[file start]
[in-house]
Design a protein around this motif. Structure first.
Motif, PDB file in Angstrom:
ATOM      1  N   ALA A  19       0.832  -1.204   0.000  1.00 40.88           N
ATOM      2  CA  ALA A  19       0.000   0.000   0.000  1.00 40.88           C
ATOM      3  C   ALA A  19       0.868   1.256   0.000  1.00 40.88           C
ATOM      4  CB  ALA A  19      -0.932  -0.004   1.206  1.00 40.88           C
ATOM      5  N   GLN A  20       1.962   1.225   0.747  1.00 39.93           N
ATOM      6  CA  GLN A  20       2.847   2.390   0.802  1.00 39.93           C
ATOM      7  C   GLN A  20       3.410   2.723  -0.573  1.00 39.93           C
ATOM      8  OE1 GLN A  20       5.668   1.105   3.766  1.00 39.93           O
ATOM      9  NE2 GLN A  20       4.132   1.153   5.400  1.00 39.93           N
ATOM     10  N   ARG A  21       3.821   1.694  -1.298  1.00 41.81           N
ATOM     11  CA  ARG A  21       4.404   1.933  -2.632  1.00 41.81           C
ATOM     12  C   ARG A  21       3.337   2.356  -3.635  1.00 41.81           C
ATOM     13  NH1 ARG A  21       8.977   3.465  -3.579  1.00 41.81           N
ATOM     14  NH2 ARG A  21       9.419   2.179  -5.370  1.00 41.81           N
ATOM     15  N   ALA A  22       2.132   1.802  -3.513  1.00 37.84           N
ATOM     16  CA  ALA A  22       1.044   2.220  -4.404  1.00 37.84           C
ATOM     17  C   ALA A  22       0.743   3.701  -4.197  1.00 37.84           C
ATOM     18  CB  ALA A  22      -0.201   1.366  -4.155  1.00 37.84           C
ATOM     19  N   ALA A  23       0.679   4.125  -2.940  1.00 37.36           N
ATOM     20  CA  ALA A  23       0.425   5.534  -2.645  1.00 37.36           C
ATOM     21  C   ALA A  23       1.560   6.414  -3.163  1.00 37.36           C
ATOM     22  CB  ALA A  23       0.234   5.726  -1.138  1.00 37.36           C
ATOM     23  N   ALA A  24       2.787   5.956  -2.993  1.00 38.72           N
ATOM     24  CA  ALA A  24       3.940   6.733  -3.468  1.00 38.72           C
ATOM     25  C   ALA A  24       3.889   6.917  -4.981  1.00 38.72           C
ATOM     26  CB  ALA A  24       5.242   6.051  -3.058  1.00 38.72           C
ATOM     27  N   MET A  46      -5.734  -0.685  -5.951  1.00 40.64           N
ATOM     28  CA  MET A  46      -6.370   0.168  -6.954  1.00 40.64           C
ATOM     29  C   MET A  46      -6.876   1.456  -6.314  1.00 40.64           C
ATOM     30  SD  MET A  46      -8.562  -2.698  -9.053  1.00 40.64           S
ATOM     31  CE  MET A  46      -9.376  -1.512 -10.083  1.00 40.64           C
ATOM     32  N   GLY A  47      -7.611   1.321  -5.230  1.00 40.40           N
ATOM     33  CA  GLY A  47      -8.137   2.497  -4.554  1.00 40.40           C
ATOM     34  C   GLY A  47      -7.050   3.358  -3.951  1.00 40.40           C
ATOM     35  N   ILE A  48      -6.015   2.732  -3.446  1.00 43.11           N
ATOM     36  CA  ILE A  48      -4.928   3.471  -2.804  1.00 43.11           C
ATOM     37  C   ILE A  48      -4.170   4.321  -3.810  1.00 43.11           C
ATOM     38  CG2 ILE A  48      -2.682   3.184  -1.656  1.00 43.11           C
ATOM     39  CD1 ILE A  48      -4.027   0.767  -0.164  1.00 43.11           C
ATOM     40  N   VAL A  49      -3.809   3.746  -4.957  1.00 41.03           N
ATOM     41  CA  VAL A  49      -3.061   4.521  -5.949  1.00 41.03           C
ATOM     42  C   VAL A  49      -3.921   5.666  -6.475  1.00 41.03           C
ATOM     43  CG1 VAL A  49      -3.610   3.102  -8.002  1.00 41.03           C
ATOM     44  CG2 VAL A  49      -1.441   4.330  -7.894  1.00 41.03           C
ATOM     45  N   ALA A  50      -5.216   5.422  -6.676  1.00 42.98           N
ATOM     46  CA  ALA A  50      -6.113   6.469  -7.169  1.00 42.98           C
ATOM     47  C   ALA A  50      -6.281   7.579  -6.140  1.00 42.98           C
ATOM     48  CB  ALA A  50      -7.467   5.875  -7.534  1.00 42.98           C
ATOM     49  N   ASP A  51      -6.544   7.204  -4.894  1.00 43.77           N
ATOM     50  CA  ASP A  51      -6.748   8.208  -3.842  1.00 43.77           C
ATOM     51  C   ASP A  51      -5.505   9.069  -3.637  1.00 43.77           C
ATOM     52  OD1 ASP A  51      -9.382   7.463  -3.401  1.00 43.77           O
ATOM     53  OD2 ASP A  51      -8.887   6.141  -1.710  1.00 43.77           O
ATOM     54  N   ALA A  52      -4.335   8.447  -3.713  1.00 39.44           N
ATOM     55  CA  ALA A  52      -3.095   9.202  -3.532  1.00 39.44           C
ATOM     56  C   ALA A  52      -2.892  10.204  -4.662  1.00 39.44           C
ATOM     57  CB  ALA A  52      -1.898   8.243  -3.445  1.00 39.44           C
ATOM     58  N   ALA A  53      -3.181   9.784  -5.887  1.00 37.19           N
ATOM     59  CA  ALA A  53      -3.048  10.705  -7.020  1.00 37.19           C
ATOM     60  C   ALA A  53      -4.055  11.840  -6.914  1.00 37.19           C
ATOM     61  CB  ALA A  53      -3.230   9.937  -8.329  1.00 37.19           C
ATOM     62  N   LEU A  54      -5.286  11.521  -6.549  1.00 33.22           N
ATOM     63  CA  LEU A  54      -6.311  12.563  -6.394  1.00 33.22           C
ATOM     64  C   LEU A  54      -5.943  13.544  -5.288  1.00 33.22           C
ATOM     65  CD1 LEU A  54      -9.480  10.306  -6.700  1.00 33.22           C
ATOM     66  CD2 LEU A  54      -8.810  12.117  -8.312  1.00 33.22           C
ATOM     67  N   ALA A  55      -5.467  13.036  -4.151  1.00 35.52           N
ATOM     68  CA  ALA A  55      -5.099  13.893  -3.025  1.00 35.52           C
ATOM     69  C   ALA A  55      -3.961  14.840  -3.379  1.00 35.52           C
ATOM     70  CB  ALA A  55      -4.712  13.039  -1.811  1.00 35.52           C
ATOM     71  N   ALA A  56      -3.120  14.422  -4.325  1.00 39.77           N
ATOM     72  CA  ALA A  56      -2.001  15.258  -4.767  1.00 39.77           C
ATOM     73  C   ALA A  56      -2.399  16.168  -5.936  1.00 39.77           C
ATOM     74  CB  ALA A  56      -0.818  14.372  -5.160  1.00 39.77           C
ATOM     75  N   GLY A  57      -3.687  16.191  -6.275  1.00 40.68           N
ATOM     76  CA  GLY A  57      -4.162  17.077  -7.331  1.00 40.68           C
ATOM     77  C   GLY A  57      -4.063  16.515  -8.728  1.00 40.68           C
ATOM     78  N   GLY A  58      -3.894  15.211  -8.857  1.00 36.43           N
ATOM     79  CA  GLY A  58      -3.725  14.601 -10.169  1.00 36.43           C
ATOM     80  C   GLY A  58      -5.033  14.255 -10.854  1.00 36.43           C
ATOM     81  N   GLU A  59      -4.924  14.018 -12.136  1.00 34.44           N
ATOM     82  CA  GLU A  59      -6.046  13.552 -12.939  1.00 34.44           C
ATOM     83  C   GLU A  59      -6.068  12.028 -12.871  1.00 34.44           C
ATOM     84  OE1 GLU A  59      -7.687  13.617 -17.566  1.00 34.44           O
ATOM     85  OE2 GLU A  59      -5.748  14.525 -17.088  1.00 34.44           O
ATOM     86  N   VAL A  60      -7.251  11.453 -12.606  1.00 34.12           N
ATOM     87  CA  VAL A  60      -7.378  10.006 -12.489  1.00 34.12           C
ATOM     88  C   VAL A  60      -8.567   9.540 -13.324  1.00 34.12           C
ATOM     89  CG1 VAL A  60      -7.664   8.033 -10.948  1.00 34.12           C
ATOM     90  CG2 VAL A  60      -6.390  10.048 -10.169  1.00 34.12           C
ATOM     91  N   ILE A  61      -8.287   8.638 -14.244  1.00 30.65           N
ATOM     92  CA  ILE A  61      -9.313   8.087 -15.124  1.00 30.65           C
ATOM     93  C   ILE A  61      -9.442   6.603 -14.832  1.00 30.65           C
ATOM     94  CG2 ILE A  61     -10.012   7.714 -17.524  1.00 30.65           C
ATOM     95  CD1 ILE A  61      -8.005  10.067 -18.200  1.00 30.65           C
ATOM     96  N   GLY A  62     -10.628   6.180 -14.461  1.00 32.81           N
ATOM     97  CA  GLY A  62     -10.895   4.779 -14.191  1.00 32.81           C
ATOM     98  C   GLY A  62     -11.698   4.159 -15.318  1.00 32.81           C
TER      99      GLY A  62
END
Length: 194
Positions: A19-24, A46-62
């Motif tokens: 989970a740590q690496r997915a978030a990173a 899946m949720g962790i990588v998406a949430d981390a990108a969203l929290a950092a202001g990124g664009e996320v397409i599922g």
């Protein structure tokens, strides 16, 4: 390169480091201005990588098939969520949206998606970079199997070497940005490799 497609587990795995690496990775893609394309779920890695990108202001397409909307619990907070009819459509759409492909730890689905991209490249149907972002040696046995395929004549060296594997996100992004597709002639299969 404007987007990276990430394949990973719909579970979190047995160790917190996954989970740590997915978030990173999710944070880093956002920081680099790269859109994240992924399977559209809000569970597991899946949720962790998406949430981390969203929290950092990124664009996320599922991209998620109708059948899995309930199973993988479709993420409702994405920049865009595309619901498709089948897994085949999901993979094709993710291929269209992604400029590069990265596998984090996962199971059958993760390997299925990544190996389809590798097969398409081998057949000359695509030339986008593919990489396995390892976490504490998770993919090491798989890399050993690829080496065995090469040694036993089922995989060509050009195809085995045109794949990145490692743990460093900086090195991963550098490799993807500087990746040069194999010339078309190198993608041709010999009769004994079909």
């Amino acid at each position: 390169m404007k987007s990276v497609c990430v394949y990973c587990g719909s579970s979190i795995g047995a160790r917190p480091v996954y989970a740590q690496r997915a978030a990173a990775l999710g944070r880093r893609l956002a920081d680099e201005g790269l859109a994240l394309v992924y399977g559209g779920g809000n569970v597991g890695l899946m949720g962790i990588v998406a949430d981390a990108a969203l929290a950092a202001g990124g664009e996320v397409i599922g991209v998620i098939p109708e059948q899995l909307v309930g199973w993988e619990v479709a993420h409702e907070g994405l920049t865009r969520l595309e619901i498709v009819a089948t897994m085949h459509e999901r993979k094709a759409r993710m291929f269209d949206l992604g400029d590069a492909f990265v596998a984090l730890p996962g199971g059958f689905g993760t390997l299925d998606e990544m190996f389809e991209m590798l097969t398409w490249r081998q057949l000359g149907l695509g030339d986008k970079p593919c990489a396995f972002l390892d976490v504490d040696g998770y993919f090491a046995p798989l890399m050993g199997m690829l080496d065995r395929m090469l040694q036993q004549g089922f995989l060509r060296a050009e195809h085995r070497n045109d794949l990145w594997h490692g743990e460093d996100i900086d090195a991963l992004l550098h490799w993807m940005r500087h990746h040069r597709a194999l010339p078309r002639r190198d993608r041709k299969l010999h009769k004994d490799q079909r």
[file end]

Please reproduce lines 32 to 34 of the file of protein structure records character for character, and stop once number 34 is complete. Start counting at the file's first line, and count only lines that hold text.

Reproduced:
ATOM     29  C   MET A  46      -6.876   1.456  -6.314  1.00 40.64           C
ATOM     30  SD  MET A  46      -8.562  -2.698  -9.053  1.00 40.64           S
ATOM     31  CE  MET A  46      -9.376  -1.512 -10.083  1.00 40.64           C